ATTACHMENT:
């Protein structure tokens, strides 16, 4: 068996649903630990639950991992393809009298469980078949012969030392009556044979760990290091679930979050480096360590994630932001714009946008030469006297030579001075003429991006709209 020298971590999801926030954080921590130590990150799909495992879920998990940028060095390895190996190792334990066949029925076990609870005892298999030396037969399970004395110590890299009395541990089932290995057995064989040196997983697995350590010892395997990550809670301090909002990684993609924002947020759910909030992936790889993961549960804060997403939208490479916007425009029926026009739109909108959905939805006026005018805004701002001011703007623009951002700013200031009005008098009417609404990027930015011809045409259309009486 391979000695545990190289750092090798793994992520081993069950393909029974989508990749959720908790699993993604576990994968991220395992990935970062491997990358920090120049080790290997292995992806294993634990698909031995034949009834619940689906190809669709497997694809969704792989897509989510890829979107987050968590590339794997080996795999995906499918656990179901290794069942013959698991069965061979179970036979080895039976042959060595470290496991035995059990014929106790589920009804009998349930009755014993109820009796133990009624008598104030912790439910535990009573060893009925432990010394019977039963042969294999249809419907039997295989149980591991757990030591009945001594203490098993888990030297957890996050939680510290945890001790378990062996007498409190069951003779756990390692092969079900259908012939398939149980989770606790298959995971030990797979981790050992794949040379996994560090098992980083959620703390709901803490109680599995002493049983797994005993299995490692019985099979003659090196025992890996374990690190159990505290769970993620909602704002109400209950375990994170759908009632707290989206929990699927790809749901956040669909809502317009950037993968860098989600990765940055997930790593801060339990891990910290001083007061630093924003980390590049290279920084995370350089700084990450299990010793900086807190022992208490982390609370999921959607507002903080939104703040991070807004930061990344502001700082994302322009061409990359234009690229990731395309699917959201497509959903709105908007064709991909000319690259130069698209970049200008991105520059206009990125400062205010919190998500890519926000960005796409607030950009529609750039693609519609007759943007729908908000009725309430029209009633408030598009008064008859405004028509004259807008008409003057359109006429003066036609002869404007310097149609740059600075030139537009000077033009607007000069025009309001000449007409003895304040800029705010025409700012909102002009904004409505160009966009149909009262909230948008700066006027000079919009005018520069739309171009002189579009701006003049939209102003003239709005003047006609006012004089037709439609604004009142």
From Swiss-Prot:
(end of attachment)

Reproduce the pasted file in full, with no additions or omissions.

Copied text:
């Protein structure tokens, strides 16, 4: 068996649903630990639950991992393809009298469980078949012969030392009556044979760990290091679930979050480096360590994630932001714009946008030469006297030579001075003429991006709209 020298971590999801926030954080921590130590990150799909495992879920998990940028060095390895190996190792334990066949029925076990609870005892298999030396037969399970004395110590890299009395541990089932290995057995064989040196997983697995350590010892395997990550809670301090909002990684993609924002947020759910909030992936790889993961549960804060997403939208490479916007425009029926026009739109909108959905939805006026005018805004701002001011703007623009951002700013200031009005008098009417609404990027930015011809045409259309009486 391979000695545990190289750092090798793994992520081993069950393909029974989508990749959720908790699993993604576990994968991220395992990935970062491997990358920090120049080790290997292995992806294993634990698909031995034949009834619940689906190809669709497997694809969704792989897509989510890829979107987050968590590339794997080996795999995906499918656990179901290794069942013959698991069965061979179970036979080895039976042959060595470290496991035995059990014929106790589920009804009998349930009755014993109820009796133990009624008598104030912790439910535990009573060893009925432990010394019977039963042969294999249809419907039997295989149980591991757990030591009945001594203490098993888990030297957890996050939680510290945890001790378990062996007498409190069951003779756990390692092969079900259908012939398939149980989770606790298959995971030990797979981790050992794949040379996994560090098992980083959620703390709901803490109680599995002493049983797994005993299995490692019985099979003659090196025992890996374990690190159990505290769970993620909602704002109400209950375990994170759908009632707290989206929990699927790809749901956040669909809502317009950037993968860098989600990765940055997930790593801060339990891990910290001083007061630093924003980390590049290279920084995370350089700084990450299990010793900086807190022992208490982390609370999921959607507002903080939104703040991070807004930061990344502001700082994302322009061409990359234009690229990731395309699917959201497509959903709105908007064709991909000319690259130069698209970049200008991105520059206009990125400062205010919190998500890519926000960005796409607030950009529609750039693609519609007759943007729908908000009725309430029209009633408030598009008064008859405004028509004259807008008409003057359109006429003066036609002869404007310097149609740059600075030139537009000077033009607007000069025009309001000449007409003895304040800029705010025409700012909102002009904004409505160009966009149909009262909230948008700066006027000079919009005018520069739309171009002189579009701006003049939209102003003239709005003047006609006012004089037709439609604004009142």
From Swiss-Prot: